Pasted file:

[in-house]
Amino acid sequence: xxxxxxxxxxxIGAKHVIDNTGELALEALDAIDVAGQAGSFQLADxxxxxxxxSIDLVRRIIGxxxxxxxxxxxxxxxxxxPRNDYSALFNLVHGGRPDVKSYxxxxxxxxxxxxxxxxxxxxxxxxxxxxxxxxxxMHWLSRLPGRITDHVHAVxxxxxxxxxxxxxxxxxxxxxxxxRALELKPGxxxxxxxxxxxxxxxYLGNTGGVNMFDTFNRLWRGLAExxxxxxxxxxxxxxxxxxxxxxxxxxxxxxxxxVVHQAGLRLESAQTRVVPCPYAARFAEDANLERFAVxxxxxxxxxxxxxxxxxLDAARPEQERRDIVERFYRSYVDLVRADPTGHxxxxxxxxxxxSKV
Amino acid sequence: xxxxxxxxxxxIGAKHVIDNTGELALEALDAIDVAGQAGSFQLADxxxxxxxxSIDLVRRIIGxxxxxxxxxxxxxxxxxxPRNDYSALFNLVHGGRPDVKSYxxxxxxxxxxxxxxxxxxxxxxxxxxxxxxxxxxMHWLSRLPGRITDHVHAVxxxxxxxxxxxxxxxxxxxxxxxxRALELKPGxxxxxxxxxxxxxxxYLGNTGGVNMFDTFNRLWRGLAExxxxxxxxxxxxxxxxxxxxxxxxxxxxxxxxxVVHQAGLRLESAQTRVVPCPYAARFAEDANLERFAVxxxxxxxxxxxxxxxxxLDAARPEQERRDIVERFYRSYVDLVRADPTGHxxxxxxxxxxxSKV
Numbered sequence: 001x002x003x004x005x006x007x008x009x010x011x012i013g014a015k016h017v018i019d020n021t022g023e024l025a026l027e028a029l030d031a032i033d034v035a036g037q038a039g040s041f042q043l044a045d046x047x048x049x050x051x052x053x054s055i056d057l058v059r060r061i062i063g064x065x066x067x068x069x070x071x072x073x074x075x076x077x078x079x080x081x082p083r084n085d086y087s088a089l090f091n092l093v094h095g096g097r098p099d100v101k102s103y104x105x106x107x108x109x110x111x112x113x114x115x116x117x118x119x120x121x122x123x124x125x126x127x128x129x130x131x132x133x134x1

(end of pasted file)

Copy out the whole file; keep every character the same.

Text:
[in-house]
Amino acid sequence: xxxxxxxxxxxIGAKHVIDNTGELALEALDAIDVAGQAGSFQLADxxxxxxxxSIDLVRRIIGxxxxxxxxxxxxxxxxxxPRNDYSALFNLVHGGRPDVKSYxxxxxxxxxxxxxxxxxxxxxxxxxxxxxxxxxxMHWLSRLPGRITDHVHAVxxxxxxxxxxxxxxxxxxxxxxxxRALELKPGxxxxxxxxxxxxxxxYLGNTGGVNMFDTFNRLWRGLAExxxxxxxxxxxxxxxxxxxxxxxxxxxxxxxxxVVHQAGLRLESAQTRVVPCPYAARFAEDANLERFAVxxxxxxxxxxxxxxxxxLDAARPEQERRDIVERFYRSYVDLVRADPTGHxxxxxxxxxxxSKV
Amino acid sequence: xxxxxxxxxxxIGAKHVIDNTGELALEALDAIDVAGQAGSFQLADxxxxxxxxSIDLVRRIIGxxxxxxxxxxxxxxxxxxPRNDYSALFNLVHGGRPDVKSYxxxxxxxxxxxxxxxxxxxxxxxxxxxxxxxxxxMHWLSRLPGRITDHVHAVxxxxxxxxxxxxxxxxxxxxxxxxRALELKPGxxxxxxxxxxxxxxxYLGNTGGVNMFDTFNRLWRGLAExxxxxxxxxxxxxxxxxxxxxxxxxxxxxxxxxVVHQAGLRLESAQTRVVPCPYAARFAEDANLERFAVxxxxxxxxxxxxxxxxxLDAARPEQERRDIVERFYRSYVDLVRADPTGHxxxxxxxxxxxSKV
Numbered sequence: 001x002x003x004x005x006x007x008x009x010x011x012i013g014a015k016h017v018i019d020n021t022g023e024l025a026l027e028a029l030d031a032i033d034v035a036g037q038a039g040s041f042q043l044a045d046x047x048x049x050x051x052x053x054s055i056d057l058v059r060r061i062i063g064x065x066x067x068x069x070x071x072x073x074x075x076x077x078x079x080x081x082p083r084n085d086y087s088a089l090f091n092l093v094h095g096g097r098p099d100v101k102s103y104x105x106x107x108x109x110x111x112x113x114x115x116x117x118x119x120x121x122x123x124x125x126x127x128x129x130x131x132x133x134x1